Magazine article New Zealand Management

Rob Fenwick: Weaving Green Threads: Rob Fenwick Recently Added the Role of Chancellor of the Order of St John to His Already Impressive List of Responsibilities. Tying Them Together Is a Desire to Mesh Environmental, Socially Sustainable and Business Goals. So How Does a "Keeper of the Long View" Work in a Commercial World of Short-Term Fixes?

Magazine article New Zealand Management

Rob Fenwick: Weaving Green Threads: Rob Fenwick Recently Added the Role of Chancellor of the Order of St John to His Already Impressive List of Responsibilities. Tying Them Together Is a Desire to Mesh Environmental, Socially Sustainable and Business Goals. So How Does a "Keeper of the Long View" Work in a Commercial World of Short-Term Fixes?

Article excerpt

Perhaps it was all the past photos of him wearing shades of green. Plus his impeccable eco-friendly track record. Strange as it sounds, I couldn't imagine Rob Fenwick living in anything other than a treehouse. So when the founder of Living Earth and chair of the New Zealand Business Council for Sustainable Development invited me to talk with him in his downtown Auckland apartment, the idea of a sophisticated metropolitan living space seemed a little incongruous. Crossing the threshold, I blurt out this rather strange train of thought to Fenwick who tells me apartment living is a bit of a surprise to him as well.

The family deserted the "leafy suburbs" only last year, he tells me, after giving the move considerable thought. Apartment living is, he says, very gentle on the earth, consolidating density of population in one place and is a "sensible" option in a city the size of Auckland. I immediately feel slightly guilty about my leafy Mt Albert suburb-dwelling propensities.

And, anyway, there's always the family home on a sprawling 300-hectare property on Waiheke Island in Auckland's Hauraki Gulf. lust before I leave he shows me a nine-page spread in the second issue of new publication NZ Life & Leisure. It shows the Fenwick family in idyllic rural surroundings living the usual glossy magazine lifestyle: traipsing in togs back from the beach, checking out the animals and noshing on nourishing food in dappled sunlight.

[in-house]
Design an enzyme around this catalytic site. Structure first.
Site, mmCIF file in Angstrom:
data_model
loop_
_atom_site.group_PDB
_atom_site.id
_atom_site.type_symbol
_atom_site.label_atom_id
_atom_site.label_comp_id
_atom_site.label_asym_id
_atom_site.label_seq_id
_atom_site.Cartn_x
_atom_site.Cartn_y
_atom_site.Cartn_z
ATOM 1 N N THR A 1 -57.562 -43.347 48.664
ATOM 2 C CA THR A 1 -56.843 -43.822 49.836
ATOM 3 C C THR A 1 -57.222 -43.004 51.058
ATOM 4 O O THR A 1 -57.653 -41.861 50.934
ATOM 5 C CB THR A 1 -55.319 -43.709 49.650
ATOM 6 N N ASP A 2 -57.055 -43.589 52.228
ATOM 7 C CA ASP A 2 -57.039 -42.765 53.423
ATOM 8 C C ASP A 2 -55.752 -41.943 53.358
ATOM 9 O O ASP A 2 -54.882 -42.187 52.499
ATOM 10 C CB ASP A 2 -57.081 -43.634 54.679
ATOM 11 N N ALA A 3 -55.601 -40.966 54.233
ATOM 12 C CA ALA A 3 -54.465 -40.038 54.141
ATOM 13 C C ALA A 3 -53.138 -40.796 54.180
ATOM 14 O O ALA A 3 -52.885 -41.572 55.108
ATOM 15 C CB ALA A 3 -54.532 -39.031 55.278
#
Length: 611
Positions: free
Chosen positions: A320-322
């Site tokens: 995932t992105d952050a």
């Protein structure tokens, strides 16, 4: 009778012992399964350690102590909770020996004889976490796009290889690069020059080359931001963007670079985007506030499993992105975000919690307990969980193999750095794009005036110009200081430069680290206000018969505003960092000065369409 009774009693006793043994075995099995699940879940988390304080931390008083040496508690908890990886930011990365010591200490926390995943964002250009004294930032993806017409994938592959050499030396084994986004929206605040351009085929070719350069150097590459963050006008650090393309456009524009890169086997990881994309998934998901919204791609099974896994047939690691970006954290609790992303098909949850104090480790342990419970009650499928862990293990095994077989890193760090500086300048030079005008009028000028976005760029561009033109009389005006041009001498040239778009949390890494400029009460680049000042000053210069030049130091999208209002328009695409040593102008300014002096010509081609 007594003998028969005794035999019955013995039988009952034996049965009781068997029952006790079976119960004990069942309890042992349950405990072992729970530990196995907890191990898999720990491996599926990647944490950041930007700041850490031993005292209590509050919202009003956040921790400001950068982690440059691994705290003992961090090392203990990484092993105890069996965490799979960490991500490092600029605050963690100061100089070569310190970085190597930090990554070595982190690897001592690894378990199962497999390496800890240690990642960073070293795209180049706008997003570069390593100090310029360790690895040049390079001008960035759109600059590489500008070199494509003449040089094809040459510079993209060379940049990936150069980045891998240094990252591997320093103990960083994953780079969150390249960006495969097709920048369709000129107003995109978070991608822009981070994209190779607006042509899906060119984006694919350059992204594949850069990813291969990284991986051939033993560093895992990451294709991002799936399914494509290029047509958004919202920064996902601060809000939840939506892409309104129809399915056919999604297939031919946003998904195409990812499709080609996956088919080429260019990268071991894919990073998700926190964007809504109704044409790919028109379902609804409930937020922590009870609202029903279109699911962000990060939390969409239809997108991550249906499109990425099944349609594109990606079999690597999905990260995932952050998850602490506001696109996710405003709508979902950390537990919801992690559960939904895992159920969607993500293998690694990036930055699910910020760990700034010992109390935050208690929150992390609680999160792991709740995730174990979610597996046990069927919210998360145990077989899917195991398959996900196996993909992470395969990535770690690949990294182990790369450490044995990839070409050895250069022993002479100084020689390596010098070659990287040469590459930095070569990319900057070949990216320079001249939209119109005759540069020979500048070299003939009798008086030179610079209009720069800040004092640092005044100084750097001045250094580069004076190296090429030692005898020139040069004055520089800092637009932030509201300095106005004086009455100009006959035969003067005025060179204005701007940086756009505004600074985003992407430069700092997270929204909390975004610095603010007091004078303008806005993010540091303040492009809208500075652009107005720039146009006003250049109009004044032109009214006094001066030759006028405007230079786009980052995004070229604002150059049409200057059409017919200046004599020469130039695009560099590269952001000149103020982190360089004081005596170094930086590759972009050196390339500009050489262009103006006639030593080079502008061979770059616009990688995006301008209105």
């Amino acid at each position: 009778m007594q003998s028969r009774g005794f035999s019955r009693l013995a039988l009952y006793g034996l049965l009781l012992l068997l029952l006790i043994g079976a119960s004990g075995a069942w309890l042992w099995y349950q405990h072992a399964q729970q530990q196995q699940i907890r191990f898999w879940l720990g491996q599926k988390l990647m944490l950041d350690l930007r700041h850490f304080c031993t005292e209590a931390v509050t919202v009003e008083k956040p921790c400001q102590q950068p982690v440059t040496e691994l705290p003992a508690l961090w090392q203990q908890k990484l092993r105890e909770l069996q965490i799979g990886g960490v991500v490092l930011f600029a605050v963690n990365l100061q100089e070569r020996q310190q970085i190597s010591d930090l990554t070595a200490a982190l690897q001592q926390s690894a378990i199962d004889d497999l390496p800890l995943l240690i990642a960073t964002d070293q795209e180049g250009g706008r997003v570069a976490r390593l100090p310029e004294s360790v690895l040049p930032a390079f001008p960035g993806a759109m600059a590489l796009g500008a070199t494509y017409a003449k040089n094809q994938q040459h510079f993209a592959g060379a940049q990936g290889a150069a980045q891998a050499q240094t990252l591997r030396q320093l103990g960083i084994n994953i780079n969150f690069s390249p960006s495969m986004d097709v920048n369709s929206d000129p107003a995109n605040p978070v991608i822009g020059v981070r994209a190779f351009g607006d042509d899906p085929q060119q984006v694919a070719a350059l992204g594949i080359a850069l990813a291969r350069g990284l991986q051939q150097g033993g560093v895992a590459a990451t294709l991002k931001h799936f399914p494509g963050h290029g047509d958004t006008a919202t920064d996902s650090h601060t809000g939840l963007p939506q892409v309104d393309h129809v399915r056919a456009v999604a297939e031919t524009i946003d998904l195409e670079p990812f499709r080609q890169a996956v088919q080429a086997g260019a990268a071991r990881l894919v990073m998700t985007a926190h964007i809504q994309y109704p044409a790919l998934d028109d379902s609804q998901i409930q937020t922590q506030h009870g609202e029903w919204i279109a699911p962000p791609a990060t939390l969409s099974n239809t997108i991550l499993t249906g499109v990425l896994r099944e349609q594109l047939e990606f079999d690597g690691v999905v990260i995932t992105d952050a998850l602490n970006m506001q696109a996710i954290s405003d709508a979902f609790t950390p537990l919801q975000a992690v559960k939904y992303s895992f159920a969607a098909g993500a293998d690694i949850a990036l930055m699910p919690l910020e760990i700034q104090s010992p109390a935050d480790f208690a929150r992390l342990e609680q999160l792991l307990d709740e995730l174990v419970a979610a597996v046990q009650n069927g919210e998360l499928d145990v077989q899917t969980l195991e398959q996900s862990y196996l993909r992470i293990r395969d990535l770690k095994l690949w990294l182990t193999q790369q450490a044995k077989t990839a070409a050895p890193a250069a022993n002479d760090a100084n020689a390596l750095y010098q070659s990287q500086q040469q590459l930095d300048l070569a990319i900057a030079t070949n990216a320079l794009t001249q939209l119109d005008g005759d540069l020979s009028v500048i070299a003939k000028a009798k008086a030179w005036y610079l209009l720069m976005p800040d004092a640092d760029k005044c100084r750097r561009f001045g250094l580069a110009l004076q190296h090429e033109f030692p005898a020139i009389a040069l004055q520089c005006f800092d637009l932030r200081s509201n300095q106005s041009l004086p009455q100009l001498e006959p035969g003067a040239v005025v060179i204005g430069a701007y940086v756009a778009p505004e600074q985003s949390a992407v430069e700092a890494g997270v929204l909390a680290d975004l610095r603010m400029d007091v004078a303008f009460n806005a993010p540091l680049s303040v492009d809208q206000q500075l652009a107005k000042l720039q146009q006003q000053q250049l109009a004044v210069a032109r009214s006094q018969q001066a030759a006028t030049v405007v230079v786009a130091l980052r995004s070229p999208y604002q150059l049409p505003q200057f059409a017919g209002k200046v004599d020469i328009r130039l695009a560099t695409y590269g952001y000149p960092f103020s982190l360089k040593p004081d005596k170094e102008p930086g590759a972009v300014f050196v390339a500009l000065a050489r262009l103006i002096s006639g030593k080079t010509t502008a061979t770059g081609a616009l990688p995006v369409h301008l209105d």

"It's a bit over the top," he laughs, and goes on to talk about how lucky he is that his family has also fallen in love with Waiheke.

Luck and fortune are recurring themes in our conversation. Fenwick says he is lucky to have his Waiheke retreat, to have had "a few adventures" or experiences in his life, and fortunate enough to have been able to take up opportunities when they crossed his path.

Sounds like more than luck, I prod, and he acknowledges that maybe he has "an optimistic disposition" that allows him to pick up and run with new challenges as they occur.

He could, after all, have followed in his father's footsteps as a family doctor and he had mentally started off down this track as a teenager until he realised he "never had the aptitude or the discipline to stick out six years of med school".

Nor could he have envisaged then, he says, how his life would have turned out so far. Instead of med school, a young Fenwick checked out Auckland University, clocked up "a couple of arts papers" and scored himself a cadetship at the Auckland Star.

With a few years at the Star and a couple of other journalism roles behind him, Fenwick hooked up with rising public relations specialist Cedric Allan to form Allan Fenwick, which later became Allan Fenwick McCully and powered his way through a 15-year stint in PR in the "heady" '70s and '80s.

After selling the business to Hill & Knowlton, Fenwick linked up with friends to set up a venture capital company, ending up with public company Metropolitan Life Insurance and establishing along the way mineral water company New Zealand Natural.

In many ways this was a turning point for Fenwick. A manufacturing and marketing organisation, NZ Natural was his first foray into a business that needed strong branding. "In terms of its export opportunities it was almost totally reliant on brand New Zealand," says Fenwick. "And that caused me to think a lot about the need to protect brand New Zealand from some of the threats that were gathering over it."

While this wasn't quite an awakening of an environmental consciousness in a younger Fenwick--that had been there all his life, he says--it underscored the economic importance of the nation's clean, green brand "and the risk of it turning out to be a lie".

"In New Zealand," he says, "we tend to see ourselves through a certain lens but the reality is that we have the fourth biggest eco-footprint in the world. We're not what we like to think of ourselves as. …

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